Idaho GOP Convention Elects Dorothy Moon State Party Chair
The GOP Convention in Twin Falls concluded Saturday with a new slate of Republican leaders--and a new approach to the Republican primary.
Rep. Dorothy Moon (R-Stanley) has unseated Republican State Chair Tom Luna at the 2022 Republican state convention by a vote of 434-287. Moon’s victory highlighted a convention filled with qualified victories for conservative Republicans.
Moon criticized Luna for failing to modernize the party’s apparatus and for inadequate fundraising. Idaho’s “large fundraising numbers in the past two years,” Moon argued, were a result of monies donated to help Donald Trump win, but that money “cannot create a sustainable bankroll for a party facing a dog fight with the Democrat party that is strengthening its hold in the American West.” Idaho’s GOP staff is dwarfed by the Democratic Party’s staff.
Cross-over voting, the most salient issue for Moon, however, arose repeatedly during the GOP convention. “Our party leadership has done nothing in the face of rampant—and well-organized-Democrat cross-over voting in our Republican primaries.” Moon knew whereof she spoke. Moon had narrowly lost to establishment Republican Phil McGrane, a county clerk who took Zuckerbucks during the 2020 campaign, and her 6,000 vote deficit was attributable to extensive, decades-long efforts by Democrats to register as Republicans in his very red state.
Friday’s convention action centered on GOP efforts to stop cross-over voting (Democrats who register as Republicans for the Republican primary) and cross-over candidates (liberals who register as Republicans for the Republican primary). The GOP Rules committee had passed a measure making it much more difficult for non-Republicans and Democrats to address cross-over in Republican primaries.
Brandon Durst, who narrowly lost the party nomination for Idaho education commissioner, sponsored the measure. Democrats “want to come into our party. . . .They want to pick our quarterback,” Durst told the convention. His proposals prevented people from registering as Republicans if they had voted for Democrat primaries or given money to Democrat candidates in the 25 months leading up to a primary, among other things.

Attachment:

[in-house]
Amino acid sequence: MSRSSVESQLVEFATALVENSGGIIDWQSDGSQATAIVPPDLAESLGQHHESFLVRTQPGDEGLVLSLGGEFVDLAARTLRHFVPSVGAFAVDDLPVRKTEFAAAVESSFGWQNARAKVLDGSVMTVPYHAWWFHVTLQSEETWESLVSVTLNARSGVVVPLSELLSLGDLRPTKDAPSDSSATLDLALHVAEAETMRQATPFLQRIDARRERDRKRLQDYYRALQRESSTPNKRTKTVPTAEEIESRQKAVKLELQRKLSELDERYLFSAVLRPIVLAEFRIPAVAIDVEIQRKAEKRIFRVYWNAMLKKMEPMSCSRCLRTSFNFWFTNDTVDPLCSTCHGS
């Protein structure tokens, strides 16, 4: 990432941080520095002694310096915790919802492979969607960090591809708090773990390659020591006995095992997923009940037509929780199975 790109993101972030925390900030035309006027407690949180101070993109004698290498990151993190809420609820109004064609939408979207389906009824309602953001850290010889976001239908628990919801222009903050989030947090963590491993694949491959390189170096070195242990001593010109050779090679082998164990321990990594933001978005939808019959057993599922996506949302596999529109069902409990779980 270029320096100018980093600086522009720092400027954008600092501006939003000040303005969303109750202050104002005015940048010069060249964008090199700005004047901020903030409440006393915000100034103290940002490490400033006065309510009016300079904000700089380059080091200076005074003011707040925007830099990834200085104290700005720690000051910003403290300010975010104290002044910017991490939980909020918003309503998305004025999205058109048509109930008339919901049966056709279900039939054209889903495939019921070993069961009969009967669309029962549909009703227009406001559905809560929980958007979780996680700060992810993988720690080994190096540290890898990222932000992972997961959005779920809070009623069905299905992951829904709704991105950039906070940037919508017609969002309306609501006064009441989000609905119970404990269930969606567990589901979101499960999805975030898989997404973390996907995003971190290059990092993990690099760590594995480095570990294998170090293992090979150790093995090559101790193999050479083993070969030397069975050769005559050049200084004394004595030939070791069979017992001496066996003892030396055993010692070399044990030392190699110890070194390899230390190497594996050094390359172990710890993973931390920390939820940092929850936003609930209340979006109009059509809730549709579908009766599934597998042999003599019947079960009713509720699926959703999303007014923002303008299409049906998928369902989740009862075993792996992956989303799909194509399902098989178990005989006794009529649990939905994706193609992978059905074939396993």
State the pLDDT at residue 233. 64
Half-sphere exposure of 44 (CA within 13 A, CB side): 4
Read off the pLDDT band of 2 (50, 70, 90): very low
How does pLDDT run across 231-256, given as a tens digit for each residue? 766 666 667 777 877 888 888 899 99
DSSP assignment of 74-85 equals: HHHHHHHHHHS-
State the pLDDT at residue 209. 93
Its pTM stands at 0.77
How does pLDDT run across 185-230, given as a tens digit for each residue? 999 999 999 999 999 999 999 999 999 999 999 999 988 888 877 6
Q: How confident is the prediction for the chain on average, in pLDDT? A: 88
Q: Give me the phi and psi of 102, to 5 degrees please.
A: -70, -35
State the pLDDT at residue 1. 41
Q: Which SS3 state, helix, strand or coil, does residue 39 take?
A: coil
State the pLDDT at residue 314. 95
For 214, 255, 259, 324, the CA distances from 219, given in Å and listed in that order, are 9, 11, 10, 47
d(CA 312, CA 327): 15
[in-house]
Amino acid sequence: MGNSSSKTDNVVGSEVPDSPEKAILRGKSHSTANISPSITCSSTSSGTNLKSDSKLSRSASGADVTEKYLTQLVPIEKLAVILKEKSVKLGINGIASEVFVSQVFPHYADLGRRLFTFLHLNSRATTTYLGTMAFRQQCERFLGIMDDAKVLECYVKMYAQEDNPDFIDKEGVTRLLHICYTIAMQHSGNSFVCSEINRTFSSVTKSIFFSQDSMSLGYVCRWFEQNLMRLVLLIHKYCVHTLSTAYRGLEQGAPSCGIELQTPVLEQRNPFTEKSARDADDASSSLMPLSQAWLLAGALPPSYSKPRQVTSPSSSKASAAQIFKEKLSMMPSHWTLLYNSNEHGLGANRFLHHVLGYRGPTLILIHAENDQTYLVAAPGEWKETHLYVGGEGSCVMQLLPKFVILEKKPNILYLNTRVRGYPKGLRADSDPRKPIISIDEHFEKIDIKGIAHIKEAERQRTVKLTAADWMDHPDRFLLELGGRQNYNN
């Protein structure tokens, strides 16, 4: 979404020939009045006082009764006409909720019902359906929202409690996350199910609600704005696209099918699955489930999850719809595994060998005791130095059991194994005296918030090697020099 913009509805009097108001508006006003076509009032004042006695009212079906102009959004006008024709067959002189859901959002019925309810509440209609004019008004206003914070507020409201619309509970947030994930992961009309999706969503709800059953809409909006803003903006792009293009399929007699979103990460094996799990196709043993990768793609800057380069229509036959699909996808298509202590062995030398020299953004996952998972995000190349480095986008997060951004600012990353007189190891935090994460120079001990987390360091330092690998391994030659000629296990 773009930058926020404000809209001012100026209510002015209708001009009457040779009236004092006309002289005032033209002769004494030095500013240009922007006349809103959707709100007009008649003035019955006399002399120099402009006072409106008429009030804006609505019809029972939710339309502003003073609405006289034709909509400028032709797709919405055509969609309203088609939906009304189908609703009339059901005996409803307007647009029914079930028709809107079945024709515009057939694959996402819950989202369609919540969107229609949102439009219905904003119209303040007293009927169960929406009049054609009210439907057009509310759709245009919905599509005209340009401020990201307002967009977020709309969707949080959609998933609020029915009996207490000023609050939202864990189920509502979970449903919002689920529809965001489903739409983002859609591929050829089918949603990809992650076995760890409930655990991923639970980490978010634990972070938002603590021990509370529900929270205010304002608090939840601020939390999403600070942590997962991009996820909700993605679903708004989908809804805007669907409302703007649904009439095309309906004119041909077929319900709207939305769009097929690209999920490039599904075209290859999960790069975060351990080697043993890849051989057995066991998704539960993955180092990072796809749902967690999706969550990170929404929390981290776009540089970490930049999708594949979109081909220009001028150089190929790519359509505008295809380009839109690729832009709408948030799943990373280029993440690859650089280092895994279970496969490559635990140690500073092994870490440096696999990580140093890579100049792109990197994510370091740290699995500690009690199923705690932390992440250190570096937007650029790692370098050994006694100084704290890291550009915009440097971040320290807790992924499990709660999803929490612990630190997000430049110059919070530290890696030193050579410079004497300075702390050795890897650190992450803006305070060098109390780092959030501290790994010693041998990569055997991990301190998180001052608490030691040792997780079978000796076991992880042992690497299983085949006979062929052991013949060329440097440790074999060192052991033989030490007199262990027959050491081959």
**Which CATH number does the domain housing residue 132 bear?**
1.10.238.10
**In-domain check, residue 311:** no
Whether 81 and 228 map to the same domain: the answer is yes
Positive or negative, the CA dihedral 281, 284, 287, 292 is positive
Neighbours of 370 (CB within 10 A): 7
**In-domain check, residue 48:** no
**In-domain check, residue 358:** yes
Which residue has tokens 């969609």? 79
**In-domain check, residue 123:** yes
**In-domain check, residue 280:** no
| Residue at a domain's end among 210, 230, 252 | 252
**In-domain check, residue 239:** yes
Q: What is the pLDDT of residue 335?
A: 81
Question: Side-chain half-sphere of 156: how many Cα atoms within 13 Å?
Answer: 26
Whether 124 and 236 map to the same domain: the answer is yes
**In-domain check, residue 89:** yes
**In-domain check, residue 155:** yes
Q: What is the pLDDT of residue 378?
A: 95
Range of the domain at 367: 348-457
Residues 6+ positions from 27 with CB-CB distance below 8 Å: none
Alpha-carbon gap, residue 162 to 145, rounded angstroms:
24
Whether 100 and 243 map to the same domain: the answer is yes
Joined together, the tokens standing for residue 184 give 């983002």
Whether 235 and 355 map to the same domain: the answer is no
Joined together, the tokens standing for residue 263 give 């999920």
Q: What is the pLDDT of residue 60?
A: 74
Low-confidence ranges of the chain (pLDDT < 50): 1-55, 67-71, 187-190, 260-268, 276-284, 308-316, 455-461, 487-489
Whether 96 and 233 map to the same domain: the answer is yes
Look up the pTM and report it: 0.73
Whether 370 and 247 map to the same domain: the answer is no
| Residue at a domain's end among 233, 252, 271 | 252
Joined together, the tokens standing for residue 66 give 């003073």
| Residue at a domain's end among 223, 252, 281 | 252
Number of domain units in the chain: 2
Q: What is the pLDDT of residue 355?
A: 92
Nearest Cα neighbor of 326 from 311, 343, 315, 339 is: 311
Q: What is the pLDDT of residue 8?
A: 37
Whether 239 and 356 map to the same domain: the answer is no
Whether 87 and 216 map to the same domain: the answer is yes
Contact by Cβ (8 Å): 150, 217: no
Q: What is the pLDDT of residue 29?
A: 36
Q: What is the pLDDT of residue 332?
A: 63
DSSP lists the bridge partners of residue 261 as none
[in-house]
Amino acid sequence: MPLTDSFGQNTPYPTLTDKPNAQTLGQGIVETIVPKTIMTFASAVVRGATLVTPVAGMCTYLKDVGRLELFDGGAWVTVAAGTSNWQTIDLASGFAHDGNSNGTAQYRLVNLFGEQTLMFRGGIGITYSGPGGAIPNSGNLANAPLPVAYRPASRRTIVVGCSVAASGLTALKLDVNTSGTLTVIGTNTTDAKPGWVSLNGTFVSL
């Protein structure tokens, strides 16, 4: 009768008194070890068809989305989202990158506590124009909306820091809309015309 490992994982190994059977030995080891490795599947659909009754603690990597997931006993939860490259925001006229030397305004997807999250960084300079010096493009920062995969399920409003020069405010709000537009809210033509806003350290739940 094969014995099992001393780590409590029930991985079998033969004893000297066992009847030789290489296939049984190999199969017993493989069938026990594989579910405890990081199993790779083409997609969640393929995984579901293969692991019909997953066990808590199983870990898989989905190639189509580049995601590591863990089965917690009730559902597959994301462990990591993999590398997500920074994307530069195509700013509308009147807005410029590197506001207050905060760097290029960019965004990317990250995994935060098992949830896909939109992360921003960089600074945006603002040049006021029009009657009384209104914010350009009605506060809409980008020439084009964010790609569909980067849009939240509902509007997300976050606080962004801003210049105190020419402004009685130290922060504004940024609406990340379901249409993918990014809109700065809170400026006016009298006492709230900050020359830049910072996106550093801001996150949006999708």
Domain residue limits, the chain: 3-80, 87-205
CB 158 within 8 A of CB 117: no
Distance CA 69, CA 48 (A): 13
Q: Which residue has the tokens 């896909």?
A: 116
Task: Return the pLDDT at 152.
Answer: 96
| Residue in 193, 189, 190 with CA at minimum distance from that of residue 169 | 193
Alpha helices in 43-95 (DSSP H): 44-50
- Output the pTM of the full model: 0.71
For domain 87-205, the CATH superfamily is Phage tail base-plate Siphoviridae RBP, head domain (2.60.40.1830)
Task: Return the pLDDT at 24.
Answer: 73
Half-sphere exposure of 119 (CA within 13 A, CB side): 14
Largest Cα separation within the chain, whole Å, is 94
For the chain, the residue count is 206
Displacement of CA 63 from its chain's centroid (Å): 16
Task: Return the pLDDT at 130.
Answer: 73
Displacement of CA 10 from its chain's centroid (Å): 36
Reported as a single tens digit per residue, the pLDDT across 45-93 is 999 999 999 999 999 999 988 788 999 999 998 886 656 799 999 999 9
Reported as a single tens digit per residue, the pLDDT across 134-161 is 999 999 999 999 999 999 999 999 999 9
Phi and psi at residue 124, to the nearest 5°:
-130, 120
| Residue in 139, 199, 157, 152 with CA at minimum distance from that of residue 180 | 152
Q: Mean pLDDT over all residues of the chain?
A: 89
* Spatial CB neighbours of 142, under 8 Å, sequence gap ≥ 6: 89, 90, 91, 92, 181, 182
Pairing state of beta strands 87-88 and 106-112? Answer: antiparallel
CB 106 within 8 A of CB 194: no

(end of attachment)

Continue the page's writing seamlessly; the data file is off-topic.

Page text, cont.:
On the convention floor, a member of the Kootenai County delegation, from the conservative panhandle, asked for an amendment to this rule that would allow county party committees to vet candidates and keep them off of the Republican ticket if the county committee deems it appropriate. The convention narrowly adopted the Kootenai amendment (357-309) and then passed the entire package limiting both kinds of cross-overs by a larger margin (403-265). Establishment figures throughout the convention hall—Lt. Gov. nominee Scott Bedke, Senate President Chuck Winder, State Senator C. Scott Grow, and others—opposed measures to limit both kinds of cross-overs.
The convention dealt with several resolutions on voting integrity. Delegates approved a resolution, sponsored by Darr Moon, Dorothy Moon’s husband, to require that all elections, except for judicial elections, be run with a partisan affiliation. Currently, municipal elections are not partisan. A resolution rejecting the results of the 2020 election did not make it out of the Rules Committee.
None of these resolutions become official state party policy, however, unless the state party central committee adopts them in its January meeting.
Moon was at the head of a near complete remaking of the Republican Party leadership in the Gem State. Insurgent candidates Steve Bender (Treasurer), Mark Fuller (2nd Vice Chair), and Maria Nate (Secretary) also won. The 1st Vice Chair will be Daniel Silver, the former head of the Idaho Young Republicans.
Moon’s efforts to modernize the party and infuse it with conservative energy will be sorely tested in the next two years. Her primary opponent, McGrane, seems more concerned about expanding access to the ballot than securing election integrity in the state. McGrane will, after securing victory in the Fall, be heading up Idaho’s election division. Establishment victories in the Republican primaries have often depended on cross-over voting. Moon, the most high-profile victim of cross-over voters, perhaps, will now have an opportunity to strengthen Idaho’s closed primary system—or perhaps explore other candidate selection models like a caucus to help Republicans select Republican candidates.